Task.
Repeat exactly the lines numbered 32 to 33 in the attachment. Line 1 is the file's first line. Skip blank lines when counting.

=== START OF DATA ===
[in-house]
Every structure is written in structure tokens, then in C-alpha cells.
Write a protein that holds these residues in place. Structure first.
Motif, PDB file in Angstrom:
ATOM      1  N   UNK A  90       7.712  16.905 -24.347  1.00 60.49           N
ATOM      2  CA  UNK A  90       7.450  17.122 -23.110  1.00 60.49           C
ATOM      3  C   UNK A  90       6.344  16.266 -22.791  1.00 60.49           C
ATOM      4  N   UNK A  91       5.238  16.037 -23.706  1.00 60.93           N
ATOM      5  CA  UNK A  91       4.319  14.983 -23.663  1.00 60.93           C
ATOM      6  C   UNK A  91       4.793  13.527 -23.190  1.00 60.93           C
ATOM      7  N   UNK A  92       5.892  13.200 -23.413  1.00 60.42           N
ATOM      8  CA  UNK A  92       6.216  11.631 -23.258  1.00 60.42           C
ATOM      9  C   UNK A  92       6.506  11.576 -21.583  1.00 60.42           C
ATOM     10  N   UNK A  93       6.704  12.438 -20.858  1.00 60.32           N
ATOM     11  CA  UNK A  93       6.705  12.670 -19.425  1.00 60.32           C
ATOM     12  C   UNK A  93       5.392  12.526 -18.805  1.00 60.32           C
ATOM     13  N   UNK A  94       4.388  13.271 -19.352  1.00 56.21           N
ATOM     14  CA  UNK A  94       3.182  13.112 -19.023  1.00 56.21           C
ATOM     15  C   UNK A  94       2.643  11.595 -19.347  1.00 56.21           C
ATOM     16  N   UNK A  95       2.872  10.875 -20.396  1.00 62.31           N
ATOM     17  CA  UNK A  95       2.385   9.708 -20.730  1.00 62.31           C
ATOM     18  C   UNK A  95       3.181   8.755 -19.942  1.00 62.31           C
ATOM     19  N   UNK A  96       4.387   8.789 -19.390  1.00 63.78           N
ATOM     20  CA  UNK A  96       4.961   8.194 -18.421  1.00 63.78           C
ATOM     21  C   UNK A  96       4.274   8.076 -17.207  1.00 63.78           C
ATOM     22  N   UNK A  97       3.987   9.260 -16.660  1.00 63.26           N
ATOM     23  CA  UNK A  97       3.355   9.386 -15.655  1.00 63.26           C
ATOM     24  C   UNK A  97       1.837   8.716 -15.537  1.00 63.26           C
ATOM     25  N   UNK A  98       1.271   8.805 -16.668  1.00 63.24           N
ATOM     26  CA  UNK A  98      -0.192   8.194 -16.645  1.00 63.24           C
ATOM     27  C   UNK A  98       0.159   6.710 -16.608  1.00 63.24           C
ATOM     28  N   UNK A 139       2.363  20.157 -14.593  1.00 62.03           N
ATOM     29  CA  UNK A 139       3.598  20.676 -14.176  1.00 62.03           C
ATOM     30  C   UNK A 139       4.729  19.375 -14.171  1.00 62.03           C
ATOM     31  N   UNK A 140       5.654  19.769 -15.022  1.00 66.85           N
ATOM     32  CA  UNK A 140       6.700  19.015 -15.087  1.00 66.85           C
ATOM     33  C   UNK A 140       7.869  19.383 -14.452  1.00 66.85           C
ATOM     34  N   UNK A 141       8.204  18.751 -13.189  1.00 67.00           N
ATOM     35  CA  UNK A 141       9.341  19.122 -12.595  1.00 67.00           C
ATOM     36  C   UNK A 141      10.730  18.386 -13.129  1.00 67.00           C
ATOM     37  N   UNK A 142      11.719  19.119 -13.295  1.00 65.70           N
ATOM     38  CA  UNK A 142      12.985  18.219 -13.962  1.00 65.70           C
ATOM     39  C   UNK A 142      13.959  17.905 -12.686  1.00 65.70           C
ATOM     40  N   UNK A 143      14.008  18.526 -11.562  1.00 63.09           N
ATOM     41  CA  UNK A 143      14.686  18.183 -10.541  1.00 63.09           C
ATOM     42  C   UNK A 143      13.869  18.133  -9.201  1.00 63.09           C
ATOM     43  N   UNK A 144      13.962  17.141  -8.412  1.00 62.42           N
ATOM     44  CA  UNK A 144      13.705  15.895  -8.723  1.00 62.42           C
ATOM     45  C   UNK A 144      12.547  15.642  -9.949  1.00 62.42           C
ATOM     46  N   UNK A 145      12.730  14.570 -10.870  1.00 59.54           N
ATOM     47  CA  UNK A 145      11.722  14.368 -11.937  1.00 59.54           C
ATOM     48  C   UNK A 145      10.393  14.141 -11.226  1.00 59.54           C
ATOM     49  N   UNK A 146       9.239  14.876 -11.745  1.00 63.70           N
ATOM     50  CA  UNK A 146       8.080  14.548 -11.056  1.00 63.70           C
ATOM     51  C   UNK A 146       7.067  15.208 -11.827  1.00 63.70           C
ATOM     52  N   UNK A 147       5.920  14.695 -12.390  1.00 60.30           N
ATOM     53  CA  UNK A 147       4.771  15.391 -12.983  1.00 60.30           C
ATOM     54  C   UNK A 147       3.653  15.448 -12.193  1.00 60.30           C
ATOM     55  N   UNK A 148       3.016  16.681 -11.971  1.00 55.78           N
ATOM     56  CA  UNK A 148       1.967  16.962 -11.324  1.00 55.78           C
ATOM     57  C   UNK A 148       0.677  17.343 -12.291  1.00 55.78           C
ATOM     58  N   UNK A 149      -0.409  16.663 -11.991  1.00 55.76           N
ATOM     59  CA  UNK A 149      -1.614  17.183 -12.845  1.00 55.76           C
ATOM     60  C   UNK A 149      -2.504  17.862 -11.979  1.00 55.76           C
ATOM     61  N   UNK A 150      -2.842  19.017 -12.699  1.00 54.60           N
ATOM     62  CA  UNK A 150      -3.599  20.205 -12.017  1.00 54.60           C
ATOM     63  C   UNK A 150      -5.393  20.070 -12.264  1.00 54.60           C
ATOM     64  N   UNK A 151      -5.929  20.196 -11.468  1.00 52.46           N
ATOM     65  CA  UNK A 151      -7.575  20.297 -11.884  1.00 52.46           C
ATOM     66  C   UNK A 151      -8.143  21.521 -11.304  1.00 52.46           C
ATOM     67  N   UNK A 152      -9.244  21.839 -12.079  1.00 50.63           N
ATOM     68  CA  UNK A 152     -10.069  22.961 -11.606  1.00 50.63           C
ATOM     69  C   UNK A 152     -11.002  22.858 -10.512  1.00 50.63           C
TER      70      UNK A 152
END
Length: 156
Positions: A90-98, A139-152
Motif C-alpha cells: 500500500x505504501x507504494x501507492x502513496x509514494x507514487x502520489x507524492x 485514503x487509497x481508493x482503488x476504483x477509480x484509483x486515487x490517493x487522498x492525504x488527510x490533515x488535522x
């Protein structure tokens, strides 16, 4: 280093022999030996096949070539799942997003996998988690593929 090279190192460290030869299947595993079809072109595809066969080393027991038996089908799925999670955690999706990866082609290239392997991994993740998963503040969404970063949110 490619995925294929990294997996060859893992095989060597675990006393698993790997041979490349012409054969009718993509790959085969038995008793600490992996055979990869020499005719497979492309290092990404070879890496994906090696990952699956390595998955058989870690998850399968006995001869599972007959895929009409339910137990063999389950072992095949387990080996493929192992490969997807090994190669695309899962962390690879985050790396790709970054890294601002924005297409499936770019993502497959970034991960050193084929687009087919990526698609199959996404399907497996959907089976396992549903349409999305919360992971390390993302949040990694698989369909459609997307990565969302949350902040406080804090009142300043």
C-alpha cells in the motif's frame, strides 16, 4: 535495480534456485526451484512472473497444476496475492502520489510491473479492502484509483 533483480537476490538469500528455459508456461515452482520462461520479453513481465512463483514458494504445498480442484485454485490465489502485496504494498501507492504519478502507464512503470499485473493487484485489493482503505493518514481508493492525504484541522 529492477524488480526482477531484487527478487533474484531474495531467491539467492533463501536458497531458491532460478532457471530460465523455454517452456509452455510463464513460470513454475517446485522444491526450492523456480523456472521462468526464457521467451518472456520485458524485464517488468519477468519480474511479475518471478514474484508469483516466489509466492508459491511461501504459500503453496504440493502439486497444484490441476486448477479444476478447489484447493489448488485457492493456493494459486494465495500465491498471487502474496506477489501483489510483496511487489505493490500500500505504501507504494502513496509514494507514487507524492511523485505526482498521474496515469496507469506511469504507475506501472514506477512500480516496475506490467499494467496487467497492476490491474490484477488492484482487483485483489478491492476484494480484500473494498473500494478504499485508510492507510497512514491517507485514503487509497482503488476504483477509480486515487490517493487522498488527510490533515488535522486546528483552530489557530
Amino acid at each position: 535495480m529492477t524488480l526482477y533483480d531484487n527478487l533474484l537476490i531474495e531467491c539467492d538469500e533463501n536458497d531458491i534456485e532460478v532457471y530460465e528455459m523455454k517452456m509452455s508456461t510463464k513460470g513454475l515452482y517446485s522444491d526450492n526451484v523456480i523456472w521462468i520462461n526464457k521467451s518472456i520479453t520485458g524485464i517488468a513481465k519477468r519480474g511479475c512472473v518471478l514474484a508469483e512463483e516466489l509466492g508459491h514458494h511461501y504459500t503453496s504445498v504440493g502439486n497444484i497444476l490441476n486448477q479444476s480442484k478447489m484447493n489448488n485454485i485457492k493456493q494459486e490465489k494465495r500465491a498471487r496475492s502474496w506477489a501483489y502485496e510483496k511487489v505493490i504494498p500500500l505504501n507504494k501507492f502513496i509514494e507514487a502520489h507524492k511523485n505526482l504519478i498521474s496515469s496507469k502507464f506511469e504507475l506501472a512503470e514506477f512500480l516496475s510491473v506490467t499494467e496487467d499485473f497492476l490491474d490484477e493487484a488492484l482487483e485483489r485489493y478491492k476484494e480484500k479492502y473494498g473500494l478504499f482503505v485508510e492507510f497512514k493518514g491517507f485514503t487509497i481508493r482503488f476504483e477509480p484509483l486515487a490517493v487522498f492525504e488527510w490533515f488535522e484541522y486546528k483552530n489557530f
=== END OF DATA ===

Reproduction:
ATOM     28  N   UNK A 139       2.363  20.157 -14.593  1.00 62.03           N
ATOM     29  CA  UNK A 139       3.598  20.676 -14.176  1.00 62.03           C